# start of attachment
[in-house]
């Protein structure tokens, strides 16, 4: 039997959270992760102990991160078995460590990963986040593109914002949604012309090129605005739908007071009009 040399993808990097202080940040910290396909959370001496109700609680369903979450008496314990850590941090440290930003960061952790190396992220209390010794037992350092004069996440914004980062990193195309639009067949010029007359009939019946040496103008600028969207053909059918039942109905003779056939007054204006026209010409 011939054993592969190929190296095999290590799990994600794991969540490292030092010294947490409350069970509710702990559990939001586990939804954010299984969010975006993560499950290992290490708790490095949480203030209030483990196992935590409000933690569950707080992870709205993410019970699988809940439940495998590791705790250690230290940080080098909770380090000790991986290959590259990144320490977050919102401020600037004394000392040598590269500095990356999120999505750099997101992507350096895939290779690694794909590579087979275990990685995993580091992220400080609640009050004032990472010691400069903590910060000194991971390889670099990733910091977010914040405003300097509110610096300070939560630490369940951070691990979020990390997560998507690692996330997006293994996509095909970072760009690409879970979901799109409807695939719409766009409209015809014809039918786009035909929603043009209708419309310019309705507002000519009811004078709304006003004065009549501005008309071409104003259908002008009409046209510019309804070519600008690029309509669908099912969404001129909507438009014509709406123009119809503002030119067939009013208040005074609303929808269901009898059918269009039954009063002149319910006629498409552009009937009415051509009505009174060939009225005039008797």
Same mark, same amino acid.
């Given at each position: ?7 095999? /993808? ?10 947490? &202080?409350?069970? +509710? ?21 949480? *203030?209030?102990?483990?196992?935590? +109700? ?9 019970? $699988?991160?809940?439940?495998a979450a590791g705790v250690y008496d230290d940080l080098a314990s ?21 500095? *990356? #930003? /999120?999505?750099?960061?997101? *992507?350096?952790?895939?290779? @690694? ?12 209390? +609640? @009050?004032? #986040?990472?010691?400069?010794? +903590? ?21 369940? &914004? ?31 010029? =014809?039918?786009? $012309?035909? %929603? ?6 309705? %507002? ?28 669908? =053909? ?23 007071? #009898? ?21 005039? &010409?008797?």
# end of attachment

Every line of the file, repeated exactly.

[in-house]
């Protein structure tokens, strides 16, 4: 039997959270992760102990991160078995460590990963986040593109914002949604012309090129605005739908007071009009 040399993808990097202080940040910290396909959370001496109700609680369903979450008496314990850590941090440290930003960061952790190396992220209390010794037992350092004069996440914004980062990193195309639009067949010029007359009939019946040496103008600028969207053909059918039942109905003779056939007054204006026209010409 011939054993592969190929190296095999290590799990994600794991969540490292030092010294947490409350069970509710702990559990939001586990939804954010299984969010975006993560499950290992290490708790490095949480203030209030483990196992935590409000933690569950707080992870709205993410019970699988809940439940495998590791705790250690230290940080080098909770380090000790991986290959590259990144320490977050919102401020600037004394000392040598590269500095990356999120999505750099997101992507350096895939290779690694794909590579087979275990990685995993580091992220400080609640009050004032990472010691400069903590910060000194991971390889670099990733910091977010914040405003300097509110610096300070939560630490369940951070691990979020990390997560998507690692996330997006293994996509095909970072760009690409879970979901799109409807695939719409766009409209015809014809039918786009035909929603043009209708419309310019309705507002000519009811004078709304006003004065009549501005008309071409104003259908002008009409046209510019309804070519600008690029309509669908099912969404001129909507438009014509709406123009119809503002030119067939009013208040005074609303929808269901009898059918269009039954009063002149319910006629498409552009009937009415051509009505009174060939009225005039008797």
Same mark, same amino acid.
């Given at each position: ?7 095999? /993808? ?10 947490? &202080?409350?069970? +509710? ?21 949480? *203030?209030?102990?483990?196992?935590? +109700? ?9 019970? $699988?991160?809940?439940?495998a979450a590791g705790v250690y008496d230290d940080l080098a314990s ?21 500095? *990356? #930003? /999120?999505?750099?960061?997101? *992507?350096?952790?895939?290779? @690694? ?12 209390? +609640? @009050?004032? #986040?990472?010691?400069?010794? +903590? ?21 369940? &914004? ?31 010029? =014809?039918?786009? $012309?035909? %929603? ?6 309705? %507002? ?28 669908? =053909? ?23 007071? #009898? ?21 005039? &010409?008797?």